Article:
Expressing Anger

September 08, 2003

My earliest memory is of Christmas. I must have been about two-years old. When I described the scene for my parents years later they were astounded that I could remember something from such an early age. To my knowledge there are no pictures of the things I described so I think these are actual memories.

Most of my childhood is remembered in my head somewhere. Odd things will cause me to remember something from long ago. Mostly these memories are images only, there is no sound or feeling attached to the memories. Maybe as children we don’t remember our feelings, or maybe, the emotional memories are such that as adults we aren’t aware of them in a meaningful form.

In any event I have almost no emotional memory of my childhood. Even the few moments that standout are felt through a thick barrier. It is like I am an observer of my life and not a participant.

I grew up in a very intellectual atmosphere where thought and reason were far more valued than emotion or feeling. The emotion I have the most memories of is anger. Anger expressed by my parents, either towards each other or me. And I remember that I wasn’t allowed to express my anger. My recollection is that I was always told to stop being defensive whenever I expressed any anger. The message I got was that it was okay for others to be angry, but it wasn’t okay for me to express that emotion.

Later as an adult I was terrified of my anger. I told my wife that I was afraid of it and that it was a horrible thing. She worked very hard to get me to express my upset and anger at various situations. Situations where anger was warranted, and its expression would actually benefit my mental health. It took a tremendous amount of work on my part to break through the conditioning I had not to get upset and express anger. After I had expressed it in several appropriate settings, Michele pointed out to me that my anger wasn’t some horrible out-of-control thing to be feared. Rather it was a natural expression of truth.

Whether the message that anger was just an expression of truth was given to me as a child or not I do not know. All I know is that I took the messages, verbal and otherwise, from my childhood and built a model for dealing with the world. We all do this in our childhood; we all construct a model of how we think and feel the world works. Over the course of our lifetime we continually add to and subtract from this model. In some cases the model works extremely well and allows us to function successfully. In other cases the model hinders us greatly and causes unending struggle.

In my case my anger model wasn’t accurate or helpful. I felt that anger indicated I had done something wrong. Anger meant I had failed. I punished myself with more anger. Over time this cycle of unexpressed anger, and self-directed anger as a result, built into a series of medical issues and life threatening situations. In my early thirties I started having great difficulty swallowing my food. Over time this condition grew until I was throwing up during almost every meal I ate.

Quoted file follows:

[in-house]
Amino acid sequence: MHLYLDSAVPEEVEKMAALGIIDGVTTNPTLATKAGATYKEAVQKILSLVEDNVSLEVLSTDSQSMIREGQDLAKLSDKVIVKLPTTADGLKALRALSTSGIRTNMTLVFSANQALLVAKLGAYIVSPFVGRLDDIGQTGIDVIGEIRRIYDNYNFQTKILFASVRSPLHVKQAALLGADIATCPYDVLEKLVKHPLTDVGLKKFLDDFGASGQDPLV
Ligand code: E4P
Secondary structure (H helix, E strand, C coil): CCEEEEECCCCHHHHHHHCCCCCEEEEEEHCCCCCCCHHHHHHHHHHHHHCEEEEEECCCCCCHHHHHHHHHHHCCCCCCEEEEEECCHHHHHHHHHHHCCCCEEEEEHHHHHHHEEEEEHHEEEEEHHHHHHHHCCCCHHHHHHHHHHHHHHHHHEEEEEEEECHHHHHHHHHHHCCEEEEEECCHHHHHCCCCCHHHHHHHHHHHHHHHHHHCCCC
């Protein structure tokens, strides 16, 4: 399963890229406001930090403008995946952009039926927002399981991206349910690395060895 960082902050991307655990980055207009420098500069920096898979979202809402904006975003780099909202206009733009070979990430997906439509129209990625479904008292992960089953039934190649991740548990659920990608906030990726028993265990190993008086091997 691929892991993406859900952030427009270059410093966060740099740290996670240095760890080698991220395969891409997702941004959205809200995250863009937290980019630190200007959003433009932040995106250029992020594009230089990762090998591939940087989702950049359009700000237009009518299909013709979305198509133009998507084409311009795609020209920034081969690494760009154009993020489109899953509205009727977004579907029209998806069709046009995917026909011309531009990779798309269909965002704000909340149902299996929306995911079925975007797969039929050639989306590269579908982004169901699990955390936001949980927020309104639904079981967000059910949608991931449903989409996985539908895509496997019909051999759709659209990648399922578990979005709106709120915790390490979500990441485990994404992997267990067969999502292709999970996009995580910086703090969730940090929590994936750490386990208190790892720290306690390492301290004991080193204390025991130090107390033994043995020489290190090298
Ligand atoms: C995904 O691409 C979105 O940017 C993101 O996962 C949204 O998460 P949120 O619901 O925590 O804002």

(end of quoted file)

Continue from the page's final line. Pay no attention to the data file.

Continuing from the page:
After several tests and doctors it was decided that I had a narrowing in my throat called a ‘shotski’s ring’. There is a treatment for this that literally tears the ring apart by inserting a balloon device into the throat and slowly inflating it. I had this treatment done 6 times in less than 3 years time. After each treatment I would have 2 or 3 weeks of eating with no swallowing difficulties and then the problem would reappear. Already dismayed at the prospect of going to the hospital every 5 months, I was crushed at the idea of going once a month.

After a move forced me to seek out a new doctor to perform this procedure, and after being thoroughly disappointed in the new doctor, I decided that medical treatment of this condition wasn’t working. I needed something else.

I have spent the last 6 years dealing with my emotions. The primary emotion I have difficulty with is anger. Especially anger towards authority figures. When I am on top of my emotions, and expressing them openly, honestly and in the moment, I have no trouble eating. When I am not facing some part of my emotional being I start to have trouble swallowing. When I start throwing up during meals I know that I have lapsed back into my old, destructive habit of not expressing anger.

I consider myself lucky that my inappropriate expression of anger as a truth was self-directed and not focused on others. While I have suffered medically as a result, I am healing emotionally and physically now. Had I turned my anger outward I could easily have ended up as one of the tragic figures seen on television after a spree-shooting incident. As a society we are failing miserably to give young males either an accurate emotional model of the world, or a safe place to express the anger that is a natural by-product of life.

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Mark H. Nichols

I am a husband, cellist, code prole, nerd, technologist, and all around good guy living and working in fly-over country. You should follow me on Twitter.